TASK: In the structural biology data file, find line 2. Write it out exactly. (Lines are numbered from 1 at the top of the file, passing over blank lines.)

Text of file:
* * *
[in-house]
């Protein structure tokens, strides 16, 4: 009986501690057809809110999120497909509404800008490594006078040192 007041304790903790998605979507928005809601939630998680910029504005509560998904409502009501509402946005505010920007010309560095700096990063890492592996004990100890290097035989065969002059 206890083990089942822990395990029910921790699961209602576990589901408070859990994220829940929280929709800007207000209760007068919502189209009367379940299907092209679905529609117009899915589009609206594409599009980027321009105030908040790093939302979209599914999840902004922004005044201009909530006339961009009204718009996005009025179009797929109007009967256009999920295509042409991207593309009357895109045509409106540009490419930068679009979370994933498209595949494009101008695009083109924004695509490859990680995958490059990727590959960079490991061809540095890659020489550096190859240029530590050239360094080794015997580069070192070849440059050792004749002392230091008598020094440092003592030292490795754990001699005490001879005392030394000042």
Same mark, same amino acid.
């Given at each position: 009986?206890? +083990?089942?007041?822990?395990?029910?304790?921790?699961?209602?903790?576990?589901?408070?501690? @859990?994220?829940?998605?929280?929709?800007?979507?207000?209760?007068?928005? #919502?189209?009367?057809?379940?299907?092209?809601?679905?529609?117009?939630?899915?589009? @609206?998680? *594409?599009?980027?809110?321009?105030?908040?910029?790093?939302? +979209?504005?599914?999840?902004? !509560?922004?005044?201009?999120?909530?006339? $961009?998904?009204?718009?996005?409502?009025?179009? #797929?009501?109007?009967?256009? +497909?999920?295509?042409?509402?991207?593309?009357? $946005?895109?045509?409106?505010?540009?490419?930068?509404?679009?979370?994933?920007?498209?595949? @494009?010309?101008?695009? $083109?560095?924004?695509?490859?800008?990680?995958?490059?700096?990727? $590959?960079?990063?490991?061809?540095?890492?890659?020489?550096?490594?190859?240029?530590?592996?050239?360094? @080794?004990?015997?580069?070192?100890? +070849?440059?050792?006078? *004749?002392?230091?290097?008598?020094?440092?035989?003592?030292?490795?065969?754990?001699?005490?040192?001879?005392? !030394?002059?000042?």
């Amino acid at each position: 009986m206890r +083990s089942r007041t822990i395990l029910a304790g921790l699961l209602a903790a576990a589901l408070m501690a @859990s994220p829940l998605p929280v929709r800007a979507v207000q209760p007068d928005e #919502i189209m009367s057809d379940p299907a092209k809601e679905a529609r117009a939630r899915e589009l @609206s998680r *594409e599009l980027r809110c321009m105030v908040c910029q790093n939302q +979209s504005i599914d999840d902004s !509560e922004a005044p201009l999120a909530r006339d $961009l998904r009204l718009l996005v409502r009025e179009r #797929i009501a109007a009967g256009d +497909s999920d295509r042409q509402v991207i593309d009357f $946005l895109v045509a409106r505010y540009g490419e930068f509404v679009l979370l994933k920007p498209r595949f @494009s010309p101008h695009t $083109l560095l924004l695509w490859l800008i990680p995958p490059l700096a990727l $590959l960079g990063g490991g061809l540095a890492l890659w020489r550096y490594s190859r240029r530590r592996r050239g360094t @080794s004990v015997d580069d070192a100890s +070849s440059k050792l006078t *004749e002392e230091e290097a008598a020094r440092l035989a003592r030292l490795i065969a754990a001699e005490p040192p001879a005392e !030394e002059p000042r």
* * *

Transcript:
């Protein structure tokens, strides 16, 4: 009986501690057809809110999120497909509404800008490594006078040192 007041304790903790998605979507928005809601939630998680910029504005509560998904409502009501509402946005505010920007010309560095700096990063890492592996004990100890290097035989065969002059 206890083990089942822990395990029910921790699961209602576990589901408070859990994220829940929280929709800007207000209760007068919502189209009367379940299907092209679905529609117009899915589009609206594409599009980027321009105030908040790093939302979209599914999840902004922004005044201009909530006339961009009204718009996005009025179009797929109007009967256009999920295509042409991207593309009357895109045509409106540009490419930068679009979370994933498209595949494009101008695009083109924004695509490859990680995958490059990727590959960079490991061809540095890659020489550096190859240029530590050239360094080794015997580069070192070849440059050792004749002392230091008598020094440092003592030292490795754990001699005490001879005392030394000042």